Greg Hinz describes how downtown Chicago, which is "adding residents faster than any other urban core in America," has become "the new economic engine of the metropolitan area and, increasingly, the rest of Illinois."
"The Chicago Loop long has been one of the world's greatest job centers, of course. For much of its history, though, downtown emptied out after office hours. And as the city aged and its population declined, the suburbs rose to become the preferred home to generations of young families and the tollways became employment corridors of their own."
"In recent years, those trends have reversed. After decades of watching the suburbs boom (often at the city's expense), Chicago now is outperforming the surrounding area by almost any measure—jobs, income, retail sales and residential property values, to name a few—despite the loss of 200,000 people in the 2010 census."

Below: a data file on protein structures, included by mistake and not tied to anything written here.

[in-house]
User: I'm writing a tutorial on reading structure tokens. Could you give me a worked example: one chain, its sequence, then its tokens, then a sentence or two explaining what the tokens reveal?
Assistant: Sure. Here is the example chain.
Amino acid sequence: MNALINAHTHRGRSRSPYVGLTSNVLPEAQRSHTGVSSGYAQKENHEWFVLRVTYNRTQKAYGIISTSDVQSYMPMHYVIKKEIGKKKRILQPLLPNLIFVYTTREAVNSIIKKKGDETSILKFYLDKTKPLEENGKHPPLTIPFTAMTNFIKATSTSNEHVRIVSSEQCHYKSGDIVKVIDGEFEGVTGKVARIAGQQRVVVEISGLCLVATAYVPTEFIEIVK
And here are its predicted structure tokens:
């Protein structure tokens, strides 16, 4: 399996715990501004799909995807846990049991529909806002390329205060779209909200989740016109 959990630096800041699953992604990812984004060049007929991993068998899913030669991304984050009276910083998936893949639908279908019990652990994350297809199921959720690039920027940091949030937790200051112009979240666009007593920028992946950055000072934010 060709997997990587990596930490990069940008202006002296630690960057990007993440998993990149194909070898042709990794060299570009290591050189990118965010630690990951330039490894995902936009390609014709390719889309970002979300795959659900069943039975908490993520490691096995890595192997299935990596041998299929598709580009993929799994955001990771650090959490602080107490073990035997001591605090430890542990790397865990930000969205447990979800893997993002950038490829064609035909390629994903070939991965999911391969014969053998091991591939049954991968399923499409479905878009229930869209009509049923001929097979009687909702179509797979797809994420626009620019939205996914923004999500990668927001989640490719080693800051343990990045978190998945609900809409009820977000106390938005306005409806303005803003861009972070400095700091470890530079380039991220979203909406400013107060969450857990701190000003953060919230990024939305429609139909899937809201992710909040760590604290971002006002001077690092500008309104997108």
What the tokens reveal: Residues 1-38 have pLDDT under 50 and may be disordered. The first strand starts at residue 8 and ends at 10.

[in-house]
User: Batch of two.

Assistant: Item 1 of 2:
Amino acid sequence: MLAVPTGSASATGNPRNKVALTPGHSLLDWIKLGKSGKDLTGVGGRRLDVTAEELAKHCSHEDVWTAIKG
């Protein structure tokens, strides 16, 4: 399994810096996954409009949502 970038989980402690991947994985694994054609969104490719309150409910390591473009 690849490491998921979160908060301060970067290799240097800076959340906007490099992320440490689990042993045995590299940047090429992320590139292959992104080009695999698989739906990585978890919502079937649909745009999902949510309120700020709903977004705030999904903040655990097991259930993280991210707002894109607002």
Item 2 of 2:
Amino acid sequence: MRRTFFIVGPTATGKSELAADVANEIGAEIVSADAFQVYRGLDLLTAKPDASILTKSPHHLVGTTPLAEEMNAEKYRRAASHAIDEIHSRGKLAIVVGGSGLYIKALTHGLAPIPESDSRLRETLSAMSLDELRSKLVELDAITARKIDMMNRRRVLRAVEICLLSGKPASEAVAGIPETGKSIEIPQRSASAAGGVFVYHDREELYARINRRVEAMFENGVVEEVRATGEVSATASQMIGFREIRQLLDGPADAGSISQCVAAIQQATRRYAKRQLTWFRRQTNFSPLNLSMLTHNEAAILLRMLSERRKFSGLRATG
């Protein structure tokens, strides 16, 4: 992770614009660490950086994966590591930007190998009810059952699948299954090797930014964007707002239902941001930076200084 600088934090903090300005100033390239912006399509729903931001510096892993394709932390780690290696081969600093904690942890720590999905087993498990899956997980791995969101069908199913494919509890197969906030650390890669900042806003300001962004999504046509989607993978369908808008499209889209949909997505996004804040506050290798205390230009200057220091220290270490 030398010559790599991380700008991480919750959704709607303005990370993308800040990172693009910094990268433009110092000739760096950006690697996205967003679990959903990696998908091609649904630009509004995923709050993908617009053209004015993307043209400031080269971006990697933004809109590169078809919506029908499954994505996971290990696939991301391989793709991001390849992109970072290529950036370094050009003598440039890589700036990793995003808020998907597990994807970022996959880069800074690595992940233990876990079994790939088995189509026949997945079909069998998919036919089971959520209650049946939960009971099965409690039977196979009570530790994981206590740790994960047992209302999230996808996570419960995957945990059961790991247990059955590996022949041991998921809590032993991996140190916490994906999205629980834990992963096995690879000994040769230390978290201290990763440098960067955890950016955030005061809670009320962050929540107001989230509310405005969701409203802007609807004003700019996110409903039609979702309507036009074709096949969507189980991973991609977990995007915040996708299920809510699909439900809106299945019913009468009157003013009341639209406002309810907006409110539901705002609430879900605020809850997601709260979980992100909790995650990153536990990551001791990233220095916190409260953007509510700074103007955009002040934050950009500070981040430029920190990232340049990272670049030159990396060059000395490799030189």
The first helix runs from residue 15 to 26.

"If for decades after World War II we asked whether the area could prosper with rich suburbs but a dying inner city, the question now is whether the area can prosper with a thriving core but sinking neighborhoods and inner-ring suburbs around it."